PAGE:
Though this is the eighth installment, you don’t need to have read any of the previous titles to dive right in and start enjoying this one. A nice departure from the fantasy genre deftly handled in the first seven tomes, Infinite Universe is a Sci-Fi adventure involving amnesia, rebel forces and parallel universes.
Infinite Universe’s basic storyline is as follows:
“In the fourth millennium, the Mandellian Empire of the Tau Ceti system is at war with the rebel army known as DWORF. And lucky you have been chosen for a dangerous solo mission to kill or capture the rebel leader, through mind-bending loops of time and space. But wait a minute. Just who are you anyway? And how did you even get here? Such secrets you must uncover if you are to unlock your destiny…”
Don’t know what a Gamebook Adventure is?
Well, if you’ve ever read a Choose Your Own Adventure book you’ll have a good idea what to expect. Infinite Universe is essentially an interactive e-book with branching narrative paths. You are the lead character and decisions you make alter the direction of the story.
You start by creating your character consisting of four stats (Vitality, Fitness, Offensive and Defensive). These values are all determined by a virtual roll of the dice. You may also pick up various inventory items along the way. When the character comes into combat situations, there is a 3D realistic dice-based battle system that determines the outcome. There is also automatic character sheet management as well as the ability to set a limited number of bookmarks (in case you make a bad choice and want a do-over) and you can even earn Game Center achievements. The text is interspersed with some beautiful original illustrations and is set to an original musical score.
Despite the fact that I write a lot, I’m not really a novel reader (opting for the unabridged audiobooks instead), but I do watch a lot of Sci-Fi TV/Movies so it is a genre that I particularly enjoy. I was immediately drawn in by the storyline. Where was I, who was I and who can I trust? As a choose your own adventure-style, the narrative is broken into nice easily consumable chunks. I believe there are around 250 in the first chapter alone, each of which varies in length from one page to multiple pages worth of text. at the end of each of these is where you have to make a choice which effects where the story goes (like the old turn to page 252, etc.). Re-playability (even w/o buying additional chapters) is still fairly good as you get a sizable chapter one for free.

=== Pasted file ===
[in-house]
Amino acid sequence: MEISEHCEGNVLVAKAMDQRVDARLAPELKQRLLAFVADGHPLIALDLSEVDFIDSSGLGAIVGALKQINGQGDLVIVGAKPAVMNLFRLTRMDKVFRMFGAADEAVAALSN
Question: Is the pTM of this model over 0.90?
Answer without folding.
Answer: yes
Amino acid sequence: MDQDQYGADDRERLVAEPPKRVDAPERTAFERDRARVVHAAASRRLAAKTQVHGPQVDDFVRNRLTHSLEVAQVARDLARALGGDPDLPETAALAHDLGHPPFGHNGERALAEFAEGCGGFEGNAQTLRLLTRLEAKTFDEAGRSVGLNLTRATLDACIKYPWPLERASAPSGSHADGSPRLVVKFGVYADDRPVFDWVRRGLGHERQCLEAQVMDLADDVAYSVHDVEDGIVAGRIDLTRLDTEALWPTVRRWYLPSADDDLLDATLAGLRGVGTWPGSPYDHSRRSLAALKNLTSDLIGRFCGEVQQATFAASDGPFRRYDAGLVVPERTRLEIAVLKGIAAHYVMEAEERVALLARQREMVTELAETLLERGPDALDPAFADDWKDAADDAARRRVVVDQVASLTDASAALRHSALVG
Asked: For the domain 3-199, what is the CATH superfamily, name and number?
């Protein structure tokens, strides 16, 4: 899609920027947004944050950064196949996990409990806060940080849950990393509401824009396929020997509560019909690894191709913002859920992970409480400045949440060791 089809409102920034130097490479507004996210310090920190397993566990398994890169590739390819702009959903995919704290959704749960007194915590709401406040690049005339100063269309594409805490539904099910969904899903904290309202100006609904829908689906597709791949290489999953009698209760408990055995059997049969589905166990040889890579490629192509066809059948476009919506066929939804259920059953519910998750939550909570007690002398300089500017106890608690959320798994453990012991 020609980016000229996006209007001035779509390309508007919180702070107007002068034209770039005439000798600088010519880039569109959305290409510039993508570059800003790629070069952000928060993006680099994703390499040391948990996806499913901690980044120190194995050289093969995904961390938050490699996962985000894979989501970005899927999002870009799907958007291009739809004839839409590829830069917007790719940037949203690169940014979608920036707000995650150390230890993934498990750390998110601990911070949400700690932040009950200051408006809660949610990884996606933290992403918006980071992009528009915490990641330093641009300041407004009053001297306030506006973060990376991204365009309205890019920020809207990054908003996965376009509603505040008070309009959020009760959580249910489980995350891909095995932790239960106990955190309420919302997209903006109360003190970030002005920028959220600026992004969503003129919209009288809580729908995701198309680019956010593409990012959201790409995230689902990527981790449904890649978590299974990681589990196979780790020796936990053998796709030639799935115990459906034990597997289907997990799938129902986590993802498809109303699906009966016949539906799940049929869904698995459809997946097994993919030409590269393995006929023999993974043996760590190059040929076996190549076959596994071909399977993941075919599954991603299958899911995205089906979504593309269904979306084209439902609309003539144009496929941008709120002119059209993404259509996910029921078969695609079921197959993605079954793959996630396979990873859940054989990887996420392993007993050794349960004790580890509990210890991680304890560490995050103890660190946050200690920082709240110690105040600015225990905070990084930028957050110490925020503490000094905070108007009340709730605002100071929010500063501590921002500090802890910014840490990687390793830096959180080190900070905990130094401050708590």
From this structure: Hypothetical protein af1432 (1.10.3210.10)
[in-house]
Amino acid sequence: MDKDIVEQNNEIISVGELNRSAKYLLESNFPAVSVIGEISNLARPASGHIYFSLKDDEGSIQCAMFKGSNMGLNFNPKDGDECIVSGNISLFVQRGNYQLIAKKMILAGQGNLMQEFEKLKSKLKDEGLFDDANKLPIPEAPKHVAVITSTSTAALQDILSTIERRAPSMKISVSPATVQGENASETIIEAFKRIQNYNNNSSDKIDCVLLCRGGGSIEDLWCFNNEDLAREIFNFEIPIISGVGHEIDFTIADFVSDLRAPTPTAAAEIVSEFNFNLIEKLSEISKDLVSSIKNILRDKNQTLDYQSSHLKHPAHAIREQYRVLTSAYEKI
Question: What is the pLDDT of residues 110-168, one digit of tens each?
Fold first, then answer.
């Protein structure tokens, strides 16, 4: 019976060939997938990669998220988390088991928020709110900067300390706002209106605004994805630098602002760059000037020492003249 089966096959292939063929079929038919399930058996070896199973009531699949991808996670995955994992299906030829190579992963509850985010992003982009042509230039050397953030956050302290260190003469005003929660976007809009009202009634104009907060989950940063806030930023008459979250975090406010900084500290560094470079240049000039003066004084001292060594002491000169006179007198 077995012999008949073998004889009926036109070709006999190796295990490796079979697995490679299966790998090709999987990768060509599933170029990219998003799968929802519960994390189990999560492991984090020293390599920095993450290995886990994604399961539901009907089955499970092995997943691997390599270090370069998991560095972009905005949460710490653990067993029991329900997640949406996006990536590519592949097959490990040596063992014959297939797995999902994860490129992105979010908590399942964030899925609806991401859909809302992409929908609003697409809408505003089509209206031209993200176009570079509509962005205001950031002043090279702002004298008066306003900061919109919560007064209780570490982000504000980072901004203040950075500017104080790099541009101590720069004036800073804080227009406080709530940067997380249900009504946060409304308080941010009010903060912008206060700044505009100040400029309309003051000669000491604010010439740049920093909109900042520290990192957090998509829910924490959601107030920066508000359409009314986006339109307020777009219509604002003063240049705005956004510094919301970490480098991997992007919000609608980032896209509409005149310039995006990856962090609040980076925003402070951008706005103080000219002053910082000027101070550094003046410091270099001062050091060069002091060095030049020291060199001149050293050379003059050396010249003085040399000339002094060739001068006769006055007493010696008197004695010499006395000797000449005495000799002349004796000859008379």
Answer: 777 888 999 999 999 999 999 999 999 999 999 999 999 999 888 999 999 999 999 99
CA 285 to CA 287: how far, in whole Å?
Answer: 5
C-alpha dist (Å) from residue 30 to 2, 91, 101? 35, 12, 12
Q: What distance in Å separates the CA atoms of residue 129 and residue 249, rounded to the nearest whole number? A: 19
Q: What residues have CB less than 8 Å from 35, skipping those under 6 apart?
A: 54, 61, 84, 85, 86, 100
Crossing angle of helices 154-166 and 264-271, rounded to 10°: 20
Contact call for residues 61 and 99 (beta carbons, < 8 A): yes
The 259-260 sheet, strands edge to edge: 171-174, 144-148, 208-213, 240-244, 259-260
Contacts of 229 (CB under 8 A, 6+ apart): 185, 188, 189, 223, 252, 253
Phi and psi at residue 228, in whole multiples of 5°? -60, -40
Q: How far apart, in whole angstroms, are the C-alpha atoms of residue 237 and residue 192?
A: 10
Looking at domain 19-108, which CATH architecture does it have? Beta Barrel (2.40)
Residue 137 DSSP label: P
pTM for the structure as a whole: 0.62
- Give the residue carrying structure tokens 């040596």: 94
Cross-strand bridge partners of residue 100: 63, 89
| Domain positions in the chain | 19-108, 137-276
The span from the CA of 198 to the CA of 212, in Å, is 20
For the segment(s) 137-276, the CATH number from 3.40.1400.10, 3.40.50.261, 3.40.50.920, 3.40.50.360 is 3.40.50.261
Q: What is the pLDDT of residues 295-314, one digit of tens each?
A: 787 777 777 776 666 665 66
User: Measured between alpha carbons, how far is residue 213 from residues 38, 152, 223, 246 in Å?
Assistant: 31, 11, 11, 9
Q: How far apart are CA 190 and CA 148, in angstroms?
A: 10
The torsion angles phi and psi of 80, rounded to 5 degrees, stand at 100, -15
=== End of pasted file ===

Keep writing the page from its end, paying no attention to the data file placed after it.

If I had a wishlit for future updates/titles, I would love to see the addition of an optional audio narration, but I imagine this would be much too costly and drive the download size of the the application way up as well. That being said, the writing in Infinite Universe was certainly captivating enough to keep my attention. Transporting me, not only to space, but back to my youth when I’d regularly devour my most recent choose your own adventure book purchase from the school book sale fundraiser, flipping back and forth seeing if I could figure out who stole the treasure (only occasionally cheating and turning to an alternate page).
A new genre isn’t the only new thing that Tin Man Games is trying with this eighth installment in the Gamebook Series, they are also experimenting with price. One of the biggest barriers to entry with the Gamebook series has always been that unless you waited for a sale you had to spend $4.99 on an unknown entity and trust that you would enjoy it. Now, with Infinite Universe the guys at Tin Man Games have shifted to a pay to unlock chapters system. The first part of Infinite Universe is free to play and is accessed by downloading the free app. You can play (and replay) this part as many times as you want w/o investing any money. However, if you’d like to advance you must unlock Parts Two Through Six. This can be done individually for 99¢ per chapter or you can unlock the entire this all at once for a reduced price (currently $3.99). I really like this new payment method as it allows you to see if you like the storyline/characters before spending money on the app.
If you’ve been holding off on trying the Gamebook Adventure series because of price or you just aren’t into fantasy novels, then you’ve got no excuse not to try Infinite Universe. The story will hook you in right from the get go. You can grab the first chapter for free at the App Store now. Tin Man has a great framework here that could be successfully be applied to any number of genres or even to original stories based on popular TV series like Doctor Who, Firefly, Buffy The Vampire Slayer or even The Walking Dead. I feel like I’ve only just scratched the surface and plan on spending more time with this title. I’m also now even more excited for their upcoming, previously announced Judge Dredd adventure.